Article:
It is of even less coincidence that the music industry is becoming more reliant upon the reissue market.  Since the birth of compact disc, Dark Side Of The Moon has been reissued five times[4], the entire Led Zeppelin catalogue four times, the Beatles and Stones catalogues three times.  In addition, the works of each band have been reissued for streaming/download purposes; Zeppelin’s albums are also available in high resolution downloads.  Furthermore, music is constantly being reissued in high-end surround-sound formats (i.e. SACD, DVDA) as well as niche-marketed ultra-high-fidelity discs (i.e. MFSL, Audio Fidelity).

[1] A devilish comment left on a Steve Hoffman forum .  I wish I’d have thought of it first.

[2] 1971 - Never a Dull Moment: Rock's Golden Year – ISBN 178416206X

[3] For example, Townhouse, Roundhouse, Whitfield Street, Eden, Strawberry, Trident

[4] Harvest/EMI have issued the compact disc of Dark Side Of The Moon in the following editions: -
CDP 7 46001 2 (1986) (1st remaster)
0777 7 81479 2 3 (1992) (2nd remaster)
7243 8 29752 2 9 (1994) (21st anniversary)
7243 582136 2 1 (2003) (Hybrid CD/SACD w/surround sound)
50999 028955 2 9 (2011) (Immersion remaster)

An original 1987 vinyl copy of U2's The Joshua Tree

The 2007 "deluxe" vinyl reissue of U2's The Joshua Tree

Fig. 3 (Official Charts Company)

One of the many inserts included with the 1968 double album, "The Beatles" (aka The White Album).  On the left is an original copy.  On the right, the blurred photocopy included with the deluxe vinyl reissue. 

In The Vinyl Analysis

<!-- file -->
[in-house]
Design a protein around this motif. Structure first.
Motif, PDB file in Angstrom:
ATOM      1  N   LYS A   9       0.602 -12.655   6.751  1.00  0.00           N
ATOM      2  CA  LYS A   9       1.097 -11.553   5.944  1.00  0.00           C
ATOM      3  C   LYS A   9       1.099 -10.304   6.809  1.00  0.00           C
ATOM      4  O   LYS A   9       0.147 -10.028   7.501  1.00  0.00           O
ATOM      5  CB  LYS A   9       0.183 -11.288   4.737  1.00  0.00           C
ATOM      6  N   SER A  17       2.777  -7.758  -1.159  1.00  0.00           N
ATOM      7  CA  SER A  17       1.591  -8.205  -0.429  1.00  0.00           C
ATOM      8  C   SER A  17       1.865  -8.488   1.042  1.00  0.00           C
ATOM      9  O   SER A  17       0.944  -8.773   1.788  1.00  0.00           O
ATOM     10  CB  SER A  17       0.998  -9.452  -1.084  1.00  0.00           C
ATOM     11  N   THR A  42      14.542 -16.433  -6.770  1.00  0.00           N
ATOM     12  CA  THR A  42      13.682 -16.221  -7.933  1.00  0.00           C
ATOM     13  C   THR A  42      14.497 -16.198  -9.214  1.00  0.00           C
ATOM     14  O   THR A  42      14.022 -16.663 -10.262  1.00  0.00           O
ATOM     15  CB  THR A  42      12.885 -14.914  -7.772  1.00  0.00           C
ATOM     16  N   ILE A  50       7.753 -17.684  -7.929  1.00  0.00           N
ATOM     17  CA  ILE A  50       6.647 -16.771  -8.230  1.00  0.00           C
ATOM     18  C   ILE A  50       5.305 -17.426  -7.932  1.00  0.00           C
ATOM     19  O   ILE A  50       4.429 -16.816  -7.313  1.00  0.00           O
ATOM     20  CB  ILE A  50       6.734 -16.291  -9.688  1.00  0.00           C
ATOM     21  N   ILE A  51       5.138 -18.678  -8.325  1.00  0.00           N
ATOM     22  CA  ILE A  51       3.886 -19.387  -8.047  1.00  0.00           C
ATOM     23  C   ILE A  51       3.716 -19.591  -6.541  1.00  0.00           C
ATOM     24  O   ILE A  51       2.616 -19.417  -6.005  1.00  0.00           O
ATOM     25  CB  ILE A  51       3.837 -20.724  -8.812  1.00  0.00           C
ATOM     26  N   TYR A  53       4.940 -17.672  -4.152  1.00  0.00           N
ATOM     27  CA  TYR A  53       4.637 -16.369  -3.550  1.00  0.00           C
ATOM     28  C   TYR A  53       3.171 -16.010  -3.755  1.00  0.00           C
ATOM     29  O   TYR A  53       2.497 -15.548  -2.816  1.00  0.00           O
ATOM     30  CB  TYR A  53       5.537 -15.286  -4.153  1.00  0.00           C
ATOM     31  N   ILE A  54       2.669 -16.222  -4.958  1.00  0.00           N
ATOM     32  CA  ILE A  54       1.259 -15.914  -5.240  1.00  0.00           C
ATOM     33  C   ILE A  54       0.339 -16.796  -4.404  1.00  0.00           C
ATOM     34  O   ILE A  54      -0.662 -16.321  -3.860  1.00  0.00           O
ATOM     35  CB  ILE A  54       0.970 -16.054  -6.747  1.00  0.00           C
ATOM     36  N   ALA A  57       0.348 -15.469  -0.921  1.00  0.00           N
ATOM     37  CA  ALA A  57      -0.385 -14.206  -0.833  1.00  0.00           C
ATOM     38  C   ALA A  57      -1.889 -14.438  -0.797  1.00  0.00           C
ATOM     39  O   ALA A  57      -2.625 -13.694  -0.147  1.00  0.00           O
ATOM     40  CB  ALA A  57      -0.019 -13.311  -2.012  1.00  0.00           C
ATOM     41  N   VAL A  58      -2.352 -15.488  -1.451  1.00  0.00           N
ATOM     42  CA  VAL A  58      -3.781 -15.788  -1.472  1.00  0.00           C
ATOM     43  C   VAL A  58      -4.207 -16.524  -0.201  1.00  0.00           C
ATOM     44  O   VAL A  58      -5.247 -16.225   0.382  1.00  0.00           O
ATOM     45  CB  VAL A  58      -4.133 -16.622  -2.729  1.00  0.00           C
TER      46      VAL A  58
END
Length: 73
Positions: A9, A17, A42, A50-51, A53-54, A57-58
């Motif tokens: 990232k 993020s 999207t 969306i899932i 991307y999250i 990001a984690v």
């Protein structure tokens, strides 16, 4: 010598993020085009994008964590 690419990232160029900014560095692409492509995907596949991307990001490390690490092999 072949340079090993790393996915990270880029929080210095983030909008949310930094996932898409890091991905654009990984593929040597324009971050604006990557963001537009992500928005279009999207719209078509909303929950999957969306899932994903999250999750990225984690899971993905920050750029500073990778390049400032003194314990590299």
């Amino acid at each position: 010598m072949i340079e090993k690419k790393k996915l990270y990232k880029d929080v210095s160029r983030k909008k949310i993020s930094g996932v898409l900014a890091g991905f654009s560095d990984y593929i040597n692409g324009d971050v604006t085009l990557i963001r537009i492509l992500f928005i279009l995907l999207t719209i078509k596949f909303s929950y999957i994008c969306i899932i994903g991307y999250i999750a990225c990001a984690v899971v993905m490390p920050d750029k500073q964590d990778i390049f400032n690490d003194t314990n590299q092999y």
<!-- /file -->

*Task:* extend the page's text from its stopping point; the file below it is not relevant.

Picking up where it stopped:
“Regardless of what you may have been told, most vinyl these days is cut directly from a CD production master – and it’s been that way for years. Vinyl masters will probably use a higher-resolution file format, for example 24-bit and perhaps 48 or even 96 kHz sampling rate, but if the CD has already been mastered these will probably be available from the original mastering engineer for little or no extra cost. And even if hi-res files aren’t available, a great CD master will give decent results, even at 16-bit 44.1 kHz”.

- Ian Shepherd – Mastering Engineer -

Compact discs – with their "miserably inadequate" 44.1kHz sampling rate – remain quite capable of capturing and reproducing exactly what is on the master tape, with dynamic range to spare and none of the distortion that plagues the vinyl medium – wow/flutter; harmonic distortion; rumble; tracking error; surface noise; groove and stylus wear; needle skipping and crosstalk.

Audioholics have since conceived a raft of supposed distortions that can affect compact disc – for example, quantisation noise[1] and Jitter[2].  They have devised gallons of hyper-expensive snake oil to supposedly minimise such imperfections and improve CD performance (see this article).  In 1989, Which? magazine announced that compact discs would self-destruct inside of 10 years due to corrosion of the aluminium layer[3].  Some record labels responded by using discs with gold layers rather than aluminium.

Thirty years on, I am pleased to report that not one of my thousands of discs have suffered from such rot.